A 96-well polystyrene plate was coated with the capture IgM MAb 2D10 (10 µg/ml) for 1 h and then blocked with 1% bovine serum albumin for. The plates were then incubated with GXM fractions from vesicle samples, obtained by precipitation with a mixture of chloroform and methanol (see item Lipid analysis). After 3 washing cycles with TBS 0, 05% Tween 20, the plates were incubated with an IgG1 to GXM (MAb 18B7, 2 µg/ml) for 1 h at room temperature. Positive reactions were developed by incubation with an alkaline phosphatase-conjugated anti-IgG1 followed by reaction with p-nitrophenyl phosphate disodium hexahydrate for 30 min. Absorbance values were measured at 405 nm in a microplate reader.
Electron microscopy procedures for the study of the C. neoformans biology are complex because this fungal species is surrounded by a polysaccharide capsule, which is attached to a thick cell wall. The combination of a large capsule and thick cell wall can slow fixation process resulting in cellular degradation. Hence, obtaining high quality micrographs of cryptococcal cells can take some trial and error to identify the best conditions for fixation. In this context, the commonly used protocols for immunogold analysis of C. neoformans usually include particular steps, such as partial digestion of the cell wall (Yoneda and Doering, 2006), to ensure a more efficient process of embedding and consequent preservation of intracellular compartments. Unfortunately, these procedures are often accompanied by loss of surface components and, consequently, produce micrographs that convey limited information on the cryptococcal cellular anatomy (Yamaguchi et al., 2005). The advantages of using cryosectioning techniques have already been demonstrated in the model yeast Saccharomyces cerevisiae, where protocols based on the method of Tokuyasu (Tokuyasu, 1973) resulted in high resolution images with well preserved cellular structures and efficient immunogold labeling (Griffith et al., 2008). The general procedures to prepare biological samples according to this method include fixation, infiltration/cryoprotection and rapid freezing in liquid nitrogen.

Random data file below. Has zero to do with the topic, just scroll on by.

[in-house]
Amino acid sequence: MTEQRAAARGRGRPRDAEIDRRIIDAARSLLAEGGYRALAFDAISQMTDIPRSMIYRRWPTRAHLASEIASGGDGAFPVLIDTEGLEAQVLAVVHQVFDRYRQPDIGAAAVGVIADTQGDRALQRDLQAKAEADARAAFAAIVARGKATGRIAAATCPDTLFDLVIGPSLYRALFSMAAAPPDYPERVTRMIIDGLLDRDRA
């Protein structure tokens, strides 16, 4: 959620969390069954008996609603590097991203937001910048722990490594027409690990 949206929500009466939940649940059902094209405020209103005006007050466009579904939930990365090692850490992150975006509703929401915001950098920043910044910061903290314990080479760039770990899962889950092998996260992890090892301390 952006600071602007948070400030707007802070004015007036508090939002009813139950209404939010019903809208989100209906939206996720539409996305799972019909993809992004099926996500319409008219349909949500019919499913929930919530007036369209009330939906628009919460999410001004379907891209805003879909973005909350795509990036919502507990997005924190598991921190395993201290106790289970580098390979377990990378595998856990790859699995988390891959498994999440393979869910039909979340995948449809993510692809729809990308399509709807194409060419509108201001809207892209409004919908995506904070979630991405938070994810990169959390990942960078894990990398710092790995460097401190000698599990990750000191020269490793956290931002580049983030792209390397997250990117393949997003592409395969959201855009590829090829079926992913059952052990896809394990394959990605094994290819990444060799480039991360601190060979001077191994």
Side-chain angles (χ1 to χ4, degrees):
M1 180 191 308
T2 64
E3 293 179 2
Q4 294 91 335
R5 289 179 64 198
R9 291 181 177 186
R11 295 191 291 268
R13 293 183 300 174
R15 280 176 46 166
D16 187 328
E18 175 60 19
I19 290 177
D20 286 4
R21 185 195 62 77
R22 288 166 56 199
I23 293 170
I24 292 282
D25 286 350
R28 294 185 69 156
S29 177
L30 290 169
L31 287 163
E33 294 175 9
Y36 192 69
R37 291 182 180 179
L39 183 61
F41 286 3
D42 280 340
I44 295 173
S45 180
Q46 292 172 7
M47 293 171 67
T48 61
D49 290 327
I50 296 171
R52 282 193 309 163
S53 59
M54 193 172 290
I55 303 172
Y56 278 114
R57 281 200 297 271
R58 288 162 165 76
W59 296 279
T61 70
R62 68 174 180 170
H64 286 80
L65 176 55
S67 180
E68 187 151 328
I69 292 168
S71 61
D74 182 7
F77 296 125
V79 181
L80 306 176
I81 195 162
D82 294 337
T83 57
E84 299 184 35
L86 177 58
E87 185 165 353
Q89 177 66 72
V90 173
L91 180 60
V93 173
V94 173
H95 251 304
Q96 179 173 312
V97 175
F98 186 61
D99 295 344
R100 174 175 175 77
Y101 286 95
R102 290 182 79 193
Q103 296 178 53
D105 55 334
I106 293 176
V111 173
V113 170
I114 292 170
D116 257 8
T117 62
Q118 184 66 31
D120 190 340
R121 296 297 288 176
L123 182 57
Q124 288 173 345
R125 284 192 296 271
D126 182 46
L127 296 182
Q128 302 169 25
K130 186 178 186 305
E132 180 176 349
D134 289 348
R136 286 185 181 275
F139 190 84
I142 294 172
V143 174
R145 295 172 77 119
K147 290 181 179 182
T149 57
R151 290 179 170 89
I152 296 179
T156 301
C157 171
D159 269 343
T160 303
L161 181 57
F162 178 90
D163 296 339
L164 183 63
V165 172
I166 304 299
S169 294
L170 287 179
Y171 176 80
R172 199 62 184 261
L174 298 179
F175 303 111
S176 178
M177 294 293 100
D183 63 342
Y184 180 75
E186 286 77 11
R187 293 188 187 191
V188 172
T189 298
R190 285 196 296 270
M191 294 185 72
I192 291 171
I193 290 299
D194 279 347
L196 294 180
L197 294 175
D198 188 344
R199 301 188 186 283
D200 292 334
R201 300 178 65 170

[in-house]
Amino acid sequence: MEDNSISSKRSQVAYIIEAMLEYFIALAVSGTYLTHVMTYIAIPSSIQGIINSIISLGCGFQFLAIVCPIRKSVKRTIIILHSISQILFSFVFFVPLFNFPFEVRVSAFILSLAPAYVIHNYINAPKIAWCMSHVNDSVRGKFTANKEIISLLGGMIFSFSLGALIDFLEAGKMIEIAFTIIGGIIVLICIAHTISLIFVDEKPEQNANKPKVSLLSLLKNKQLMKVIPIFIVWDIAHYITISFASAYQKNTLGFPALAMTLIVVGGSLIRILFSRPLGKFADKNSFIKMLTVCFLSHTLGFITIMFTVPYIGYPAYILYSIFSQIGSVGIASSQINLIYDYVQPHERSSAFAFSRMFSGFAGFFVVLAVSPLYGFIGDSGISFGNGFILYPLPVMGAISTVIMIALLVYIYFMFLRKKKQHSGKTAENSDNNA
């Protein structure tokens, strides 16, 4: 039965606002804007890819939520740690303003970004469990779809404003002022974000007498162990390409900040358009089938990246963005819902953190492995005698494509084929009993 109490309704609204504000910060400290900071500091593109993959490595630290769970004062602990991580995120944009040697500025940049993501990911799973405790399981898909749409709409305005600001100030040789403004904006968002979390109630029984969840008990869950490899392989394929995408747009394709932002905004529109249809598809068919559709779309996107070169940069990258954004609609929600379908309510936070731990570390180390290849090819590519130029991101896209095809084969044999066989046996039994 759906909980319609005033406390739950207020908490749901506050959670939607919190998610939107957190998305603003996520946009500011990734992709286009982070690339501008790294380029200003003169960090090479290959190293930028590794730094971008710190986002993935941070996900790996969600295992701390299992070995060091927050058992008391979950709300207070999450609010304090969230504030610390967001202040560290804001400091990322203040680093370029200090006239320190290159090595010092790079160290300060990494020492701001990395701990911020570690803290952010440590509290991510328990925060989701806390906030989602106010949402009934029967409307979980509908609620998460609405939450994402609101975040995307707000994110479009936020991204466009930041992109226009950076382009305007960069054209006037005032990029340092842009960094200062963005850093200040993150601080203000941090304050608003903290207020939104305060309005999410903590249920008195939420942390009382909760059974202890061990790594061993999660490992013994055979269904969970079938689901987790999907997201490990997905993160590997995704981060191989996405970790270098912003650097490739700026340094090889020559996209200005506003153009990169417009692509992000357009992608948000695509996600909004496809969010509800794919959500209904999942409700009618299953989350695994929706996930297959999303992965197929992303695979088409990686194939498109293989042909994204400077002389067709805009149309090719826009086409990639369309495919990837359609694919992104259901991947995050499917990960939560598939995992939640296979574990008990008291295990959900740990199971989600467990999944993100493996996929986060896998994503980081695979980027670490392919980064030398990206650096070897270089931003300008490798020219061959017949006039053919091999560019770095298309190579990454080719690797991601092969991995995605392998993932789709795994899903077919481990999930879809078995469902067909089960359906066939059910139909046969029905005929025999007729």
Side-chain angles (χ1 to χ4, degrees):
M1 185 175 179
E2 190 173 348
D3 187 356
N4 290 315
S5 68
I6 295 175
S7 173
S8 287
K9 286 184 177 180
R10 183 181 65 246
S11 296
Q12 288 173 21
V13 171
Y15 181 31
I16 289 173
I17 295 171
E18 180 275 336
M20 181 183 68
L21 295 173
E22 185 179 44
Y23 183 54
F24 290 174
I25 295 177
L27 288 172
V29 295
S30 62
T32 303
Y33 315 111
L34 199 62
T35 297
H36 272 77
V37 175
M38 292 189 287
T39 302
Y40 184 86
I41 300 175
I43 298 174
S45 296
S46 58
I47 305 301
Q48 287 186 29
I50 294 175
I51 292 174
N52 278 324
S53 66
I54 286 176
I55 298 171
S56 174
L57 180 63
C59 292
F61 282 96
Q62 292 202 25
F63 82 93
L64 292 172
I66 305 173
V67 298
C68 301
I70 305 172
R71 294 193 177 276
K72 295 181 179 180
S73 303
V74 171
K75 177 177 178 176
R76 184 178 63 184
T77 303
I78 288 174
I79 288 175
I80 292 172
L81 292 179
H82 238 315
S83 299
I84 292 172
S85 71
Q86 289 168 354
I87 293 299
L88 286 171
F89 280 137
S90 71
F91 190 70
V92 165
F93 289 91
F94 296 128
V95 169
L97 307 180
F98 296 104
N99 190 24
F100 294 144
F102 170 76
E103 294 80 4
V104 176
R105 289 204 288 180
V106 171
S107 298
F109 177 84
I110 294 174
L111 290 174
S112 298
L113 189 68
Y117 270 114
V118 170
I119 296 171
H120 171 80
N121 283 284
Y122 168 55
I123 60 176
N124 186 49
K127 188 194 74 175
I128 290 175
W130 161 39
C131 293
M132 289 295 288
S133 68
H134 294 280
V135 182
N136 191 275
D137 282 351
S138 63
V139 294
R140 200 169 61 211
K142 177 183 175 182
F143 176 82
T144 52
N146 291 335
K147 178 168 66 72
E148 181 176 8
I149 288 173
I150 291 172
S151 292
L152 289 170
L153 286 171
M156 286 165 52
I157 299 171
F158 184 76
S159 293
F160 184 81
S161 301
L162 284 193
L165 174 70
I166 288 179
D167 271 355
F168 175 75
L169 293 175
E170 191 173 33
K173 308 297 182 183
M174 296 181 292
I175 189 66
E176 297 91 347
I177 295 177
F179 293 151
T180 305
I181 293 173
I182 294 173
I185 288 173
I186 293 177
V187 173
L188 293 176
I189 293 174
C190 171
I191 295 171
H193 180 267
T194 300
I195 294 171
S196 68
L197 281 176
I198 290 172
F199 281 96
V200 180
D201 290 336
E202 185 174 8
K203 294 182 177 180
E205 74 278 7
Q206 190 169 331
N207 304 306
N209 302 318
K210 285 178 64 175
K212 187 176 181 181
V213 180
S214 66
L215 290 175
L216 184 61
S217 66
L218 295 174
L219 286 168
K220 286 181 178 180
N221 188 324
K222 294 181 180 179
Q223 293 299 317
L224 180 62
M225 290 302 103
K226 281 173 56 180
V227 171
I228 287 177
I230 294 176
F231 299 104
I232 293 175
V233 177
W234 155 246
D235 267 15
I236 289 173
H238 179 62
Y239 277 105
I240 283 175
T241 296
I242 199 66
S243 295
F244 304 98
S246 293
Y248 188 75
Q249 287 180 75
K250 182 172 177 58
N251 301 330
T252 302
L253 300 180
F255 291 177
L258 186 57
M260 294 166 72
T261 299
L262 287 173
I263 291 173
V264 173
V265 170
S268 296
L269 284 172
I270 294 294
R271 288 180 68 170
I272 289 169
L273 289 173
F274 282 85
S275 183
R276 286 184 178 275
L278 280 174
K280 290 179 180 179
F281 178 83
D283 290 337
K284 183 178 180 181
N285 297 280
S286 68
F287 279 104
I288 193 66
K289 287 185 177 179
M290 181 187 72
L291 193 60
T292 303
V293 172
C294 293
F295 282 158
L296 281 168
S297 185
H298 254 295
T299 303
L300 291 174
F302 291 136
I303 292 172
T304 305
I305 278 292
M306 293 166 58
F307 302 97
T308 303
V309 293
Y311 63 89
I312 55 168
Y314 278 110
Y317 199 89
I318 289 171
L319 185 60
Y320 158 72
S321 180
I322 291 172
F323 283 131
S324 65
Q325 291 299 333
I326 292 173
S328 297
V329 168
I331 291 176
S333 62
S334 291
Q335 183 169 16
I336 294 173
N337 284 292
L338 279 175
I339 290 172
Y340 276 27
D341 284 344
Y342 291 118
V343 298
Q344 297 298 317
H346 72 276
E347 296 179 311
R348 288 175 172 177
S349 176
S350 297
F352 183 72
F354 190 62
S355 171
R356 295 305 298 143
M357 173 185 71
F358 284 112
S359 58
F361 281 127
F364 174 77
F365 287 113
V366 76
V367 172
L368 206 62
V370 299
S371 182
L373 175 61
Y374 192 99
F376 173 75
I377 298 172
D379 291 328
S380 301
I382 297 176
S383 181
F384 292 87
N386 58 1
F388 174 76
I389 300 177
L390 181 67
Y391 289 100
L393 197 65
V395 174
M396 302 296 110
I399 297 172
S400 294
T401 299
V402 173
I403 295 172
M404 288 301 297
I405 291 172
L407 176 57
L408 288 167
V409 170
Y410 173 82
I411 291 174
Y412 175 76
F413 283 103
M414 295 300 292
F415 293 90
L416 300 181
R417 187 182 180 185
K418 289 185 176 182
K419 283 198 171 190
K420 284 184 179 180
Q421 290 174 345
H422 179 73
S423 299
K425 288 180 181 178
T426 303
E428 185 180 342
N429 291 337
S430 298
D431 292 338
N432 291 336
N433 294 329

In the current study cryoultramicrotomy allowed the generation of well-preserved C. neoformans sections (Figure 1). Intracellular compartments such as the nucleus, vacuoles, mitochondria, cell wall and capsule were clearly distinguishable. Even in the absence of a post-fixation step with OsO4, lipid bilayers were well preserved and easily discernible, as evidenced in nuclear compartments and mitochondrial lamellas (Figure 1). In addition to the better known organelles, other subcellular structures were evident, including reticular membrane clusters close to the plasma membrane (Figure 1C, black arrows). These compartments showed morphological similarities to structures derived from the endoplasmic reticulum, although their peripheral position inside the cell suggested early endosomes (Gould and Lippincott-Schwartz, 2009). A membranous compartment that resembled the endoplasmic reticulum was also visible in the proximity of nucleus (Figure 1C). Finally, vesicular structures manifesting electron dense contents were also apparent (Figure 1B). These structures had similarities to intermediate/late endosomal compartments called acidosomes (Allen et al., 1993) and also to mammalian melanosomes at different maturation stages (Raposo and Marks, 2007). These compartments, which were consistently observed in our preparations, are shown in more detail in Figure 2. Similar intracellular structures that contained GXM were recently described by Yoneda and Doering using a secretion-deficient mutant of C. neoformans (Yoneda and Doering, 2009).However, the electron dense compartments observed in our model do not display such intense GXM labeling (Figure 2), as described in that study for C. neoformans cells. In our model, some of the intracellular compartments also contained internal vesicles (Figure 1B and C) that show similarities to the so-called multivesicular bodies (MVBs) found in mammalian cells (Gruenberg and Stenmark, 2004). The existence of MVBs in C. neoformans was previously suggested using different techniques (Rodrigues et al., 2008; Takeo et al., 1973), although differences in morphology and electron density were noticed by comparing the currently described results with those from previous studies.